• ‘United Kingdom: Asserting Social Rights in a Multilayered System’ in Malcolm Langford (ed), Social Rights Jurisprudence: Emerging Trends in Comparative and International Law (Cambridge: Cambridge University Press 2009).

Book Reviews

  • ‘Rights and the Rule of Law in Third Way Constitutionalism’ (2014) 30 Constitutional Commentary 101-126 (review of Stephen Gardbaum’s The New Commonwealth Model of Constitutionalism).
  • ‘Poverty and Fundamental Rights, by D. Bilchitz (OUP 2007)’ (2008) Public Law 820-824.

 Blogging (UK Constitutional Law Blog)

Jeff comments on UK constitutional matters frequently through the UK Constitutional Law Blog. In particular, he was co-author of the influential blog “Pulling the Article 50 Trigger: Parliament’s indispensible role”, which argued that the Prime Minister had no power to trigger the Brexit process without an Act of Parliament.  That argument helped motivate and was vindicated by the litigation that followed the referendum, in the case of R (Miller) et. al. v Secretary of State for Exiting the European Union [2017] UKSC 5.

Miscellaneous

  • Social Rights and Welfare Reform in Times of Economic Crisis’, Report for the European Commission for Democracy through Law (Venice Commission), (22 July 2014, Doc. No. CDL-LA(2014)002)).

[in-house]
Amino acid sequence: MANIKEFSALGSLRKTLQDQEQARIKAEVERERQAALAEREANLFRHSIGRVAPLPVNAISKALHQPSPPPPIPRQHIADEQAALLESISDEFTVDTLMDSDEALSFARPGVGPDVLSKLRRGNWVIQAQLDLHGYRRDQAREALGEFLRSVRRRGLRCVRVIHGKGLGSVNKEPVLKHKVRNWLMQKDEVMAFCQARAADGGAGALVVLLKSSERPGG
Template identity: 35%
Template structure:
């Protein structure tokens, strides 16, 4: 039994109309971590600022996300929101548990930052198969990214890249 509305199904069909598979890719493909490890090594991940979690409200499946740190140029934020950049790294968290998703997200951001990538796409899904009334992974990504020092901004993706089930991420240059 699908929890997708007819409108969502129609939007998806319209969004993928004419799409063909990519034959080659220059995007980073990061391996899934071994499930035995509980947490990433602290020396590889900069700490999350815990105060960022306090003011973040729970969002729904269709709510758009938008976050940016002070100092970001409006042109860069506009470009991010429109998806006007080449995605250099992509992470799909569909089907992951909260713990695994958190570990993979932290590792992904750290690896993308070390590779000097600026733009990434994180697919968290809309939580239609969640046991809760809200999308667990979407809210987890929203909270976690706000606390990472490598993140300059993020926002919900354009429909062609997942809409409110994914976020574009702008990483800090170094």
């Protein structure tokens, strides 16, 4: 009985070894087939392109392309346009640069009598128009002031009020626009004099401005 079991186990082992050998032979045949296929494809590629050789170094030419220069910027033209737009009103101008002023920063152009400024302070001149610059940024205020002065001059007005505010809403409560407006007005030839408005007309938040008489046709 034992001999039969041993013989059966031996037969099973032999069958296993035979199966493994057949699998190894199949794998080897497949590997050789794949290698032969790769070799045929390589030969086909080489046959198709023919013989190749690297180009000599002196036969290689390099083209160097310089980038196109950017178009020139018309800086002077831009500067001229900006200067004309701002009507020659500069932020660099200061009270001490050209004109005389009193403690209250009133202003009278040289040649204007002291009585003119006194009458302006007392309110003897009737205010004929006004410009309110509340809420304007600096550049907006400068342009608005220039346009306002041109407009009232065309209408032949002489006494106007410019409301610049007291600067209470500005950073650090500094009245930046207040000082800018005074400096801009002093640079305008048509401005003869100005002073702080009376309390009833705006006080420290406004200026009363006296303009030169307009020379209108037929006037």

• Open Letter to Canadian Minister of Foreign Affairs on Compliance of Canadian Bill C-6 with the UN Cluster Munitions Convention (November 2013), submitted to the Canadian Senate Standing Committee on Foreign Affairs, referenced in the Senate Standing Committee here.
  • Written evidence (February 2013) to the Select Committee (Justice) of the UK House of Commons, on the Abolition of the Administrative Justice and Tribunals Council, discussed extensively in the Report of the JC (HC 965, 15 March 2013).
  • Written evidence (March 2012) to the Select Committee (Public Administration) of the UK House of Commons on the Abolition of the Administrative Justice and Tribunals Council, quoted in the Report of the PSAC (HC 1621, 8 March 2012).

Current Teaching
Undergraduate

Public Law (Convenor)
Jurisprudence

Postgraduate

Constitutional Theory (Convenor)
Comparative Human Rights Law
Judicial Review

PhD Supervision

Jeff King welcomes approaches for supervision from prospective PhD students, and has supervised six successful PhD theses at UCL. He is currently supervising:

  • Pritam Baruah
  • Guillermo Jimenez
  • Daniella Lock
  • Christina Lienen